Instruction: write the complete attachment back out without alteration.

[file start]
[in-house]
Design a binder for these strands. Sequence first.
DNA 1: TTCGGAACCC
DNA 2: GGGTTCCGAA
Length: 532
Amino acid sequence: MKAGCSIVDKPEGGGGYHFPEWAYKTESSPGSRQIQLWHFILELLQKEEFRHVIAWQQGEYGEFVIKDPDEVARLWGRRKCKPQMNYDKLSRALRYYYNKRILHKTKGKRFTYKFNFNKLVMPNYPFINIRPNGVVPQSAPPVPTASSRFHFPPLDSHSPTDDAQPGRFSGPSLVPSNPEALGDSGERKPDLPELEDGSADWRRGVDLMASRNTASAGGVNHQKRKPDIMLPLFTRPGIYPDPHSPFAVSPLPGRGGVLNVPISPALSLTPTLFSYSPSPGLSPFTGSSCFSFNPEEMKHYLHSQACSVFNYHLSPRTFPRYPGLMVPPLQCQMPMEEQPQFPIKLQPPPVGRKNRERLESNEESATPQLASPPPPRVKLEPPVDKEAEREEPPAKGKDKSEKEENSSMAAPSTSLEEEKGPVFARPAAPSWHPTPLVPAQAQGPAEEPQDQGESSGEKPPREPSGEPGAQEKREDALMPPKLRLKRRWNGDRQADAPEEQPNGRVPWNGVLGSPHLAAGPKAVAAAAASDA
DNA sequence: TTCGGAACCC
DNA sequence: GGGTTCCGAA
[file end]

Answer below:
[in-house]
Design a binder for these strands. Sequence first.
DNA 1: TTCGGAACCC
DNA 2: GGGTTCCGAA
Length: 532
Amino acid sequence: MKAGCSIVDKPEGGGGYHFPEWAYKTESSPGSRQIQLWHFILELLQKEEFRHVIAWQQGEYGEFVIKDPDEVARLWGRRKCKPQMNYDKLSRALRYYYNKRILHKTKGKRFTYKFNFNKLVMPNYPFINIRPNGVVPQSAPPVPTASSRFHFPPLDSHSPTDDAQPGRFSGPSLVPSNPEALGDSGERKPDLPELEDGSADWRRGVDLMASRNTASAGGVNHQKRKPDIMLPLFTRPGIYPDPHSPFAVSPLPGRGGVLNVPISPALSLTPTLFSYSPSPGLSPFTGSSCFSFNPEEMKHYLHSQACSVFNYHLSPRTFPRYPGLMVPPLQCQMPMEEQPQFPIKLQPPPVGRKNRERLESNEESATPQLASPPPPRVKLEPPVDKEAEREEPPAKGKDKSEKEENSSMAAPSTSLEEEKGPVFARPAAPSWHPTPLVPAQAQGPAEEPQDQGESSGEKPPREPSGEPGAQEKREDALMPPKLRLKRRWNGDRQADAPEEQPNGRVPWNGVLGSPHLAAGPKAVAAAAASDA
DNA sequence: TTCGGAACCC
DNA sequence: GGGTTCCGAA